Kenny Chesney  was the big act Saturday night at the main stage.  We ducked out to go & see Kris Kristofferson at one of the side stages.  Very glad we did because he was entertaining & excellent whereas this morning’s Los Angeles Times described the Chesney performance as “lite as usual” & “including many songs about the choice to be made between a beer & a margarita”.  Kristofferson is 75 in June but he’s every inch a real heavyweight star – no doubt about that whatsoever.  He sang & talked for over an hour and his set included many of his great & famous songs – Me and Bobby McGee, Sunday Mornin’ Comin’ Down, For the Good Times, Help Me Make it Through the Night, The Silver Tongued Devil & I, Here Comes that Rainbow Again.  He is clearly adored by his fans and I’m pleased to have snapped one really good photo of him (featured).  He told stories as he went along & said he wished he was in better voice – but then went on to say it had always been that bad.  He was well worth seeing.

Annoyed to have missed the Cleverlys and Mel Tillis yesterday but better prepped for today & especially looking forward to seeing Rosie Flores, the great Wanda Jackson, the Gatlin Bros and Leon Russell.  I’m also going to take photos today of a lot more of the side action going on around the music as that’s at least half of the craic.  Part 2 tomorrow folks – happy to receive comments/stories from anyone else that was there yesterday.


Reeling in the Years – a few gig stories


Over the past few weeks, as my journey home from Derry has got longer & longer due to the bad weather, I’ve started to devise new ways to pass the time I spend in the car.  A recent ongoing theme has been trying to first of all remember all the bands I’ve seen in the last 35 years and then to put them into chronological order.  I managed to remember the first & last bands (the late Desmond Dekker & Robert Plant’s Band of Joy for anyone that’s wondering) but I’ve mothballed the task pending future imprisonment (solitary confinement) or hostage seizure when I may have time to revisit.  What the exercise has done is remind me of many, many fun nights out over the years and here are a few of the highlights/oddities:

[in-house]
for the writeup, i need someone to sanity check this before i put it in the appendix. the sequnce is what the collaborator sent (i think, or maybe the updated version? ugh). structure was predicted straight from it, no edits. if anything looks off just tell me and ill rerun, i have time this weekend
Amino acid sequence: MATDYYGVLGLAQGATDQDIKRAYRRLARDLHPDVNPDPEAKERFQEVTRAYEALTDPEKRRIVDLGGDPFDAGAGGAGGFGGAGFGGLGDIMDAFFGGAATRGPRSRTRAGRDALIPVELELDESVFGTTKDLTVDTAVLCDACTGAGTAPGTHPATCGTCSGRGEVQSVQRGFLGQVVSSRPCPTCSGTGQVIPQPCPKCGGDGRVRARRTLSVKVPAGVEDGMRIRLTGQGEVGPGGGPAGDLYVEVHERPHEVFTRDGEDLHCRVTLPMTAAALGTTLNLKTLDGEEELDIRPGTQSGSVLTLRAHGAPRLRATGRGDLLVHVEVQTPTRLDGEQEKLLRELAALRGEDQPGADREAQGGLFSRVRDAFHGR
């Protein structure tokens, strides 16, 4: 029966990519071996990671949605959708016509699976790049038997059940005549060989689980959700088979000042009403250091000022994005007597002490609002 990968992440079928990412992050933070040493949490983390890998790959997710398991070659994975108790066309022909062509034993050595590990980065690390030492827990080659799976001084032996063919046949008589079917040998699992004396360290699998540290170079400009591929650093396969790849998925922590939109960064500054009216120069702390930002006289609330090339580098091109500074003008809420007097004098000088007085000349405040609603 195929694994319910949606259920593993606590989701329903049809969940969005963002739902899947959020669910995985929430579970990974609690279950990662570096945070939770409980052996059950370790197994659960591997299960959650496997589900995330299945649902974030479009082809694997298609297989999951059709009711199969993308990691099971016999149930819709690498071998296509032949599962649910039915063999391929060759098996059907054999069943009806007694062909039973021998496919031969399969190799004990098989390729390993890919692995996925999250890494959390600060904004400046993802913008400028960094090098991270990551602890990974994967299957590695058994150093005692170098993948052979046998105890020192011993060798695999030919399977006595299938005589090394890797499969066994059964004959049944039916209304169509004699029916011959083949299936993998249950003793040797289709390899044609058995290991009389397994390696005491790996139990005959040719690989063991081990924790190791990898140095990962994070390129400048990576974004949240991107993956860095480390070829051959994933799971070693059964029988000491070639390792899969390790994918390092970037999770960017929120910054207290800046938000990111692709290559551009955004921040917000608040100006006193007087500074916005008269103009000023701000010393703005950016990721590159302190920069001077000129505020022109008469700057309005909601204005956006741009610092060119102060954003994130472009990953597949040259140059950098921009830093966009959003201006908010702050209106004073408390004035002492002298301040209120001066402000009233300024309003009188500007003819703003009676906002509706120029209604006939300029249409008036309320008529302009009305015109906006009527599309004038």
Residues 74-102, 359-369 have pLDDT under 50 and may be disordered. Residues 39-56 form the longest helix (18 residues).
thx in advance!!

·         I saw all sorts of bands when I was a teenager in Doncaster.  My friends & I used to frequent the Outlook Club which sadly (?) no longer exists.  It had a very short space between the stage & the ceiling and that meant that Johnny Ramone had to do his entire set in 1977 with his head bowed & his hair hanging down.  The Ramones were supporting the Talking Heads or vice versa – that was a good night.  I’d never experienced anything like the Ramones.  We didn’t have the internet at school in the 1970s, no-one really travelled long distance and New York was to us like another planet.  I love the way that other bands have adopted Gabba Gabba Hey as one of their anthems and Belfast band the Sabrejets do a good cover.  Hearing those early Ramones songs now always reminds me of pogo-ing at university parties.

·         My friend & I hitchhiked from Nottingham to Leeds in 1982 to see the Rolling Stones in Roundhay Park.  It was a sunny day & we managed to get near the front.  We got a lift home with a VW transporter van full of hippies – which was great until the girl driving asked whether there was anyone else in the van who could drive but hadn’t dropped any acid.  Ah well – she was a trooper & managed to get us home ok without any mishaps.